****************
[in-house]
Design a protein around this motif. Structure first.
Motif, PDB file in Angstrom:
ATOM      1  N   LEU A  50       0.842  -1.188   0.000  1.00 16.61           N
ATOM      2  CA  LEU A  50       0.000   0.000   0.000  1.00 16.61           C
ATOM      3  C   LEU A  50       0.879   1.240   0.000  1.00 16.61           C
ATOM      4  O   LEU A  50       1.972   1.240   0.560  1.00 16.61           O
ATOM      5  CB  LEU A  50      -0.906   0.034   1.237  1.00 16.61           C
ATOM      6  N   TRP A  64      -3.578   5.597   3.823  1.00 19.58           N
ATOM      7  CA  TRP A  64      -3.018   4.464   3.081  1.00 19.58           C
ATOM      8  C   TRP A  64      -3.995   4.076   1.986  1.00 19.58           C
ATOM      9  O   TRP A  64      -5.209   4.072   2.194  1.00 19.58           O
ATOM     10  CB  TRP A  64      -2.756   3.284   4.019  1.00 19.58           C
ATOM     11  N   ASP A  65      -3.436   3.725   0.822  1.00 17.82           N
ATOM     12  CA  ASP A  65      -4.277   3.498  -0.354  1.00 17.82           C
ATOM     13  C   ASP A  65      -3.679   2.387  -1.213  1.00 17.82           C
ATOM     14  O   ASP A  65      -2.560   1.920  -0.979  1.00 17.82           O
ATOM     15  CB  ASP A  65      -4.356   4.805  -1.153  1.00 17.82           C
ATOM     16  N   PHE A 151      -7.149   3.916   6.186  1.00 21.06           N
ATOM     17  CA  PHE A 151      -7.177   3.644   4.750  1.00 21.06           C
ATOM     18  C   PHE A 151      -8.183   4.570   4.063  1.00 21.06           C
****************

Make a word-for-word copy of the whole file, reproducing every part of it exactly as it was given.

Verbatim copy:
[in-house]
Design a protein around this motif. Structure first.
Motif, PDB file in Angstrom:
ATOM      1  N   LEU A  50       0.842  -1.188   0.000  1.00 16.61           N
ATOM      2  CA  LEU A  50       0.000   0.000   0.000  1.00 16.61           C
ATOM      3  C   LEU A  50       0.879   1.240   0.000  1.00 16.61           C
ATOM      4  O   LEU A  50       1.972   1.240   0.560  1.00 16.61           O
ATOM      5  CB  LEU A  50      -0.906   0.034   1.237  1.00 16.61           C
ATOM      6  N   TRP A  64      -3.578   5.597   3.823  1.00 19.58           N
ATOM      7  CA  TRP A  64      -3.018   4.464   3.081  1.00 19.58           C
ATOM      8  C   TRP A  64      -3.995   4.076   1.986  1.00 19.58           C
ATOM      9  O   TRP A  64      -5.209   4.072   2.194  1.00 19.58           O
ATOM     10  CB  TRP A  64      -2.756   3.284   4.019  1.00 19.58           C
ATOM     11  N   ASP A  65      -3.436   3.725   0.822  1.00 17.82           N
ATOM     12  CA  ASP A  65      -4.277   3.498  -0.354  1.00 17.82           C
ATOM     13  C   ASP A  65      -3.679   2.387  -1.213  1.00 17.82           C
ATOM     14  O   ASP A  65      -2.560   1.920  -0.979  1.00 17.82           O
ATOM     15  CB  ASP A  65      -4.356   4.805  -1.153  1.00 17.82           C
ATOM     16  N   PHE A 151      -7.149   3.916   6.186  1.00 21.06           N
ATOM     17  CA  PHE A 151      -7.177   3.644   4.750  1.00 21.06           C
ATOM     18  C   PHE A 151      -8.183   4.570   4.063  1.00 21.06           C